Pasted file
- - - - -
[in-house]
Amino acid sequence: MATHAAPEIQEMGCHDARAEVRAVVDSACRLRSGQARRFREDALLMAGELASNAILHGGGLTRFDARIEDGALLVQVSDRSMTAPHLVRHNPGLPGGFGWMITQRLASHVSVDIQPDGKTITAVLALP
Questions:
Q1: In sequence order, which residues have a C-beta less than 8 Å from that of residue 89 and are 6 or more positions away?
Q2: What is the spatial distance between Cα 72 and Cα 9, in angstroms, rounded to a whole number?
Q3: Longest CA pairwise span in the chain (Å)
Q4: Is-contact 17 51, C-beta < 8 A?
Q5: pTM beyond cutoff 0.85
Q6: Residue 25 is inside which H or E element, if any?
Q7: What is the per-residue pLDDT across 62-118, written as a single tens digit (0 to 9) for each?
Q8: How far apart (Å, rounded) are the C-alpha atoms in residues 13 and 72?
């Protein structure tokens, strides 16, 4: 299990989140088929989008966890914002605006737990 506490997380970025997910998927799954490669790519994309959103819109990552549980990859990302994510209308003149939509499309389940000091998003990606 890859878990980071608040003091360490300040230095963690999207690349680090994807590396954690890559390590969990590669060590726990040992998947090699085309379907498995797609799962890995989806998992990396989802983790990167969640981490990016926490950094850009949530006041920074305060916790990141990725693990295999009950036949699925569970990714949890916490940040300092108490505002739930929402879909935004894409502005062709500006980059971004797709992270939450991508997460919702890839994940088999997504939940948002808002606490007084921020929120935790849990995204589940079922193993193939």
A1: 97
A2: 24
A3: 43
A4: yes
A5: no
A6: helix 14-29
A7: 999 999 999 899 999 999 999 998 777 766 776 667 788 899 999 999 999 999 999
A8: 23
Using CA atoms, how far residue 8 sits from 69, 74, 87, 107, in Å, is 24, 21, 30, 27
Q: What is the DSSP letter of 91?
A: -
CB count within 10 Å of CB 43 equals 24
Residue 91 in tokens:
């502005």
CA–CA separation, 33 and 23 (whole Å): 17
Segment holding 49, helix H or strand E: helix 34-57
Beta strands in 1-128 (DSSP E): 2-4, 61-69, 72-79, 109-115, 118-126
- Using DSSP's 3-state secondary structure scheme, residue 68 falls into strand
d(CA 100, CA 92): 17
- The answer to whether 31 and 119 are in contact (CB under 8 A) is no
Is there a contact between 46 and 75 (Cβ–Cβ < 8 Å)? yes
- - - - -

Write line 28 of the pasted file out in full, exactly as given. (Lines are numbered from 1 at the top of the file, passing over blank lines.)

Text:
Segment holding 49, helix H or strand E: helix 34-57